“Practice and preparation are key,” Barrett said.
Don’t forget to plan and prepare for the attire you want to wear to the interview. You can’t go wrong with the classics (e.g., appropriate suits, skirts, and blouses), but be sure that your clothes don’t have to be constantly adjusted or that they are revealing. Accessories should consist of conservative jewelry and makeup, and wear little or no perfume as some people can be sensitive or even allergic to various fragrances. Be sure that your nails are clean or manicured and wear professional shoes—women should steer clear of shoes like stiletto heels.
On interview day, arrive early; in fact, consider doing a practice drive beforehand. “If you’re going somewhere you’ve never been before, go a day ahead,” Barrett said. “Do a dry run and find out about parking.” When your interviewer or an office administrator greets you, shake hands firmly and have good eye contact.
Actively listen to your interviewer and “repeat a question back to be sure you’re providing the answer they are looking for,” she said. Be aware of your body language, and avoid chewing gum and using cell phones— avoid any object that isn’t directly related to the interview.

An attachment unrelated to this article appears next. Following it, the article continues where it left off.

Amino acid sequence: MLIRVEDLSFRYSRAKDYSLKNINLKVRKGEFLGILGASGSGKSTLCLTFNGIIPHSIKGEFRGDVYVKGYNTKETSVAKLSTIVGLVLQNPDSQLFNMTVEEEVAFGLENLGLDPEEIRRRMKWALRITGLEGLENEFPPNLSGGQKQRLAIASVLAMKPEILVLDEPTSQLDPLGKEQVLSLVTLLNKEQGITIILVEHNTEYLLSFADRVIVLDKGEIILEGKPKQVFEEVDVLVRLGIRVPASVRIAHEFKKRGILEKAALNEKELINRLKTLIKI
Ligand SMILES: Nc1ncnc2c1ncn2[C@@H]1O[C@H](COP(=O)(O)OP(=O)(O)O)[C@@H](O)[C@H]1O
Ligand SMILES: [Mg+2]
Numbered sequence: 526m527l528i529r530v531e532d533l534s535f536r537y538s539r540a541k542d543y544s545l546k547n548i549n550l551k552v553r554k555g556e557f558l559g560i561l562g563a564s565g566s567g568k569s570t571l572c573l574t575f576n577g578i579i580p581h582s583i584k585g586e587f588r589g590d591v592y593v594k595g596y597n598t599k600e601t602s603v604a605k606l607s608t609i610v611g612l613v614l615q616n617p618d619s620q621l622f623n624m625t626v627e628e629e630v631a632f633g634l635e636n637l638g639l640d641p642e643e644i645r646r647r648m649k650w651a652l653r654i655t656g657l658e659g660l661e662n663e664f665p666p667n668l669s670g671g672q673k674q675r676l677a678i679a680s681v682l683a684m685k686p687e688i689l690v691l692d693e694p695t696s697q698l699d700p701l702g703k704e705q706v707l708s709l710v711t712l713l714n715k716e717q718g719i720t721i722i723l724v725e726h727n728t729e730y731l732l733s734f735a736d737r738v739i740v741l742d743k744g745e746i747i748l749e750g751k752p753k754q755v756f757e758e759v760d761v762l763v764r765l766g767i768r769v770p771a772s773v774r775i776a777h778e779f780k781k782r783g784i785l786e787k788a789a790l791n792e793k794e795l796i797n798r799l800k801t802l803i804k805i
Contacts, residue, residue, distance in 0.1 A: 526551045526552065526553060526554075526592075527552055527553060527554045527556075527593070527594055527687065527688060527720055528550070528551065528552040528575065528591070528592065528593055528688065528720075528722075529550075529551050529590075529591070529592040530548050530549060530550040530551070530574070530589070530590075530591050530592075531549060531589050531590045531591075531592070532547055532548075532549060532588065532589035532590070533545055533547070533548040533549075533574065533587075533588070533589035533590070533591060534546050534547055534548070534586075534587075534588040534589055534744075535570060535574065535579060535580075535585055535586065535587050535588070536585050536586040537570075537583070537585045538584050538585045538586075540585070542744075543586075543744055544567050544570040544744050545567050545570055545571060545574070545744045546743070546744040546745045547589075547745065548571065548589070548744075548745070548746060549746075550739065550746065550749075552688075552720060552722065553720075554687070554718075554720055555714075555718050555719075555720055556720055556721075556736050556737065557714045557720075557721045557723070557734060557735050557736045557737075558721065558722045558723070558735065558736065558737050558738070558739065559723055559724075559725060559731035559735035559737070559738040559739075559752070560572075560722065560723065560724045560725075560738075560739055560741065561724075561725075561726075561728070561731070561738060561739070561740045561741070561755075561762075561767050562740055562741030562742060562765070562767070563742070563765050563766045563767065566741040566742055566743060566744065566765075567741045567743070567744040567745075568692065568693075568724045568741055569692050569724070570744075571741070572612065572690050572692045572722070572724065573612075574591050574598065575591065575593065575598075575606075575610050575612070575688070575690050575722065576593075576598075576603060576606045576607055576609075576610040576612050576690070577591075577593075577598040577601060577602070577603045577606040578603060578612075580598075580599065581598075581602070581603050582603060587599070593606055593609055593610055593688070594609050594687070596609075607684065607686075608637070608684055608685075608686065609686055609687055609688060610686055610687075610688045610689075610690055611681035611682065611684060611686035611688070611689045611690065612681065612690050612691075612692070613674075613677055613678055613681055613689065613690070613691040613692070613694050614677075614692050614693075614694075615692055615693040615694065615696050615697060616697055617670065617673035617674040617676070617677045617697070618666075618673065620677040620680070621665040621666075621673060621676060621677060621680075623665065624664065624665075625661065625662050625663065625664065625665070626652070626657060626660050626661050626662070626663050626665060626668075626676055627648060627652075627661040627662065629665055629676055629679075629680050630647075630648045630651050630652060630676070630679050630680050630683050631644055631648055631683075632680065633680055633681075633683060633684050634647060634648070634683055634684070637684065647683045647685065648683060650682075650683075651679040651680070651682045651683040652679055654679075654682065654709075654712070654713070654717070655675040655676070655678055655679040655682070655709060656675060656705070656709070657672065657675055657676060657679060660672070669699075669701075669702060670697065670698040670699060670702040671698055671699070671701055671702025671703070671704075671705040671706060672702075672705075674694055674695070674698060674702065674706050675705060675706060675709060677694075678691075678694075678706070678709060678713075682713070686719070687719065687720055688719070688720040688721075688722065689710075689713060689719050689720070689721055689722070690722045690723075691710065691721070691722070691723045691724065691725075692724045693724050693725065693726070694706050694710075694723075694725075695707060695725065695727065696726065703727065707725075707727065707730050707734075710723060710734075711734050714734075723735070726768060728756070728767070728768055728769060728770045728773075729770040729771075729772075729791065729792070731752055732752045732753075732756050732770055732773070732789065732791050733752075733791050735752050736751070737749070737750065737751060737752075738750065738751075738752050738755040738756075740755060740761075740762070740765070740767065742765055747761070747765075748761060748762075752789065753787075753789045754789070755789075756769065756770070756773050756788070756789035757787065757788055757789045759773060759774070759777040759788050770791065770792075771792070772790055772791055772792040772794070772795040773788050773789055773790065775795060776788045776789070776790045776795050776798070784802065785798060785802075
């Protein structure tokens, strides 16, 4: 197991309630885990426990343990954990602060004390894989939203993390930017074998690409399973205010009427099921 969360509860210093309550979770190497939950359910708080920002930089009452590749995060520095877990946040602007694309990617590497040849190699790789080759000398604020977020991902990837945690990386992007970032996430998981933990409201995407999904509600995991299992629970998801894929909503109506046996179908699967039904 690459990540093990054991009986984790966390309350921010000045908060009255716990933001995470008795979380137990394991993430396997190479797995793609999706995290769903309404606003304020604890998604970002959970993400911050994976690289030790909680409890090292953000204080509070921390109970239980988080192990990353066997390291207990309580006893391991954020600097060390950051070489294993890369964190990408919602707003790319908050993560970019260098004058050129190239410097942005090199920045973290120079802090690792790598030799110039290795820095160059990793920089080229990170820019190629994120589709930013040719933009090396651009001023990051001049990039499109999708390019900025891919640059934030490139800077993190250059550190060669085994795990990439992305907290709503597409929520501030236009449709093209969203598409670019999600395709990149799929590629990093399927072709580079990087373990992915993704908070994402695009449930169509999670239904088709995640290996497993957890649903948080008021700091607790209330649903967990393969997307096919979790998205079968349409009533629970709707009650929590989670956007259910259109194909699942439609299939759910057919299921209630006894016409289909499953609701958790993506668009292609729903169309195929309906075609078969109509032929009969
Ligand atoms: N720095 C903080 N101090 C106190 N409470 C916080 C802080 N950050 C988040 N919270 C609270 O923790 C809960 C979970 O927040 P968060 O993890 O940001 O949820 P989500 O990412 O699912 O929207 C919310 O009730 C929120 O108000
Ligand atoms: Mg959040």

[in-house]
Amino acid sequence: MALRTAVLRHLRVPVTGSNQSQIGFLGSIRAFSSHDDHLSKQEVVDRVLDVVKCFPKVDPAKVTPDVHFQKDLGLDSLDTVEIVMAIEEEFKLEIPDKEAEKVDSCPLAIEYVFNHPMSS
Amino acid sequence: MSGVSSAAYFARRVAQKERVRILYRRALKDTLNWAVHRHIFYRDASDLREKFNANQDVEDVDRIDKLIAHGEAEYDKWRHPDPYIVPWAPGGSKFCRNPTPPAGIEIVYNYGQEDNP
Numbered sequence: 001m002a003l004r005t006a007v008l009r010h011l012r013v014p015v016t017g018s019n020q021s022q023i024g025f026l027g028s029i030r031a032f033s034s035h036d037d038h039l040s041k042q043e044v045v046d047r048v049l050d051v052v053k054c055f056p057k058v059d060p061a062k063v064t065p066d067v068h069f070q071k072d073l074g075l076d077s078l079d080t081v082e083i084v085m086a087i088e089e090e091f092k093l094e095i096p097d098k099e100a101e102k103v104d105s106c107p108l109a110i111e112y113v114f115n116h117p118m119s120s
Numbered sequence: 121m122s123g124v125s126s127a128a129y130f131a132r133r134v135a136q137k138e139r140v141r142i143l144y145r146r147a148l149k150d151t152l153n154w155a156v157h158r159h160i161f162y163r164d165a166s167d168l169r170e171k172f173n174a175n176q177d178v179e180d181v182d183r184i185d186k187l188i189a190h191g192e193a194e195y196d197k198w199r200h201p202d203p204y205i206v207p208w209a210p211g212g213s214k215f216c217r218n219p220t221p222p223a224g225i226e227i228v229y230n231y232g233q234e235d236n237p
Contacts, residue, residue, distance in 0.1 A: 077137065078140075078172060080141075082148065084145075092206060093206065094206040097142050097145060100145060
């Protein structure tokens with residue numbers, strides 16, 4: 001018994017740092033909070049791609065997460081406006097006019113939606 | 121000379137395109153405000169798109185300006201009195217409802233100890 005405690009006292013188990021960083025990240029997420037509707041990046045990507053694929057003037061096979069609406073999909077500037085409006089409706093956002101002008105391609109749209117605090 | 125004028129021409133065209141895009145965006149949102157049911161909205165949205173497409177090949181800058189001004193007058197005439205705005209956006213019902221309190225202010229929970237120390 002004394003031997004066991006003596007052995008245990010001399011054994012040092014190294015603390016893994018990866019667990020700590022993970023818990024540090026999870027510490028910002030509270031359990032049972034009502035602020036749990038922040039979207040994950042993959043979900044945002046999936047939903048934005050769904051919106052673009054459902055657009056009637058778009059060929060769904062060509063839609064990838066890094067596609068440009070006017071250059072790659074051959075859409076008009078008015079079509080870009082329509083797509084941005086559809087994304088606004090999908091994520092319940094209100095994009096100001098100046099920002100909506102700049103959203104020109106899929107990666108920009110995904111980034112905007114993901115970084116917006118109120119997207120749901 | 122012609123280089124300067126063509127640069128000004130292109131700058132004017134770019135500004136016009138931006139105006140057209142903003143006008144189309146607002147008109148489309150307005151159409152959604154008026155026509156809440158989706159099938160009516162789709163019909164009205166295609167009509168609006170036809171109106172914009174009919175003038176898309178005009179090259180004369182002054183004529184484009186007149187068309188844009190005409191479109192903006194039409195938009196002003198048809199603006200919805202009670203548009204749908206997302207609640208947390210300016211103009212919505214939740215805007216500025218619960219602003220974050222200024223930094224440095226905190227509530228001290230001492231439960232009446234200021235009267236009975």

Close Out the Interview
You’ve finally made it to the end of the interview—congratulations! Your attire was perfect, you answered all of the interviewer’s questions carefully and concisely, and your behavior and attitude were exceptional. What should you expect at the close of the interview and beyond?
At this point, you should clarify any unanswered questions while staying positive and enthusiastic. Reinforce your interest in the role by asking when you should expect to hear from the company, and ask for a business card so you can follow up with a thank-you email or handwritten note.
Salary is not usually discussed until the position is offered, but when the time comes, be realistic about your salary based on your experience and degree. Websites such as glassdoor.com or salaryexpert.com clarify the average salary in the industry you work in. Also, don’t forget to discuss other benefits once you are offered the position, such as bonuses, vacation time, medical coverage, and education days.
Barrett, S. (2018). Effective interviewing skills: Create a lasting impression. Session presented at the ONS 43rd Annual Congress, Washington, DC, May 18, 2018. Retrieved from https:// ons.confex.com/ons/2018/meetingapp.cgi/Session/1618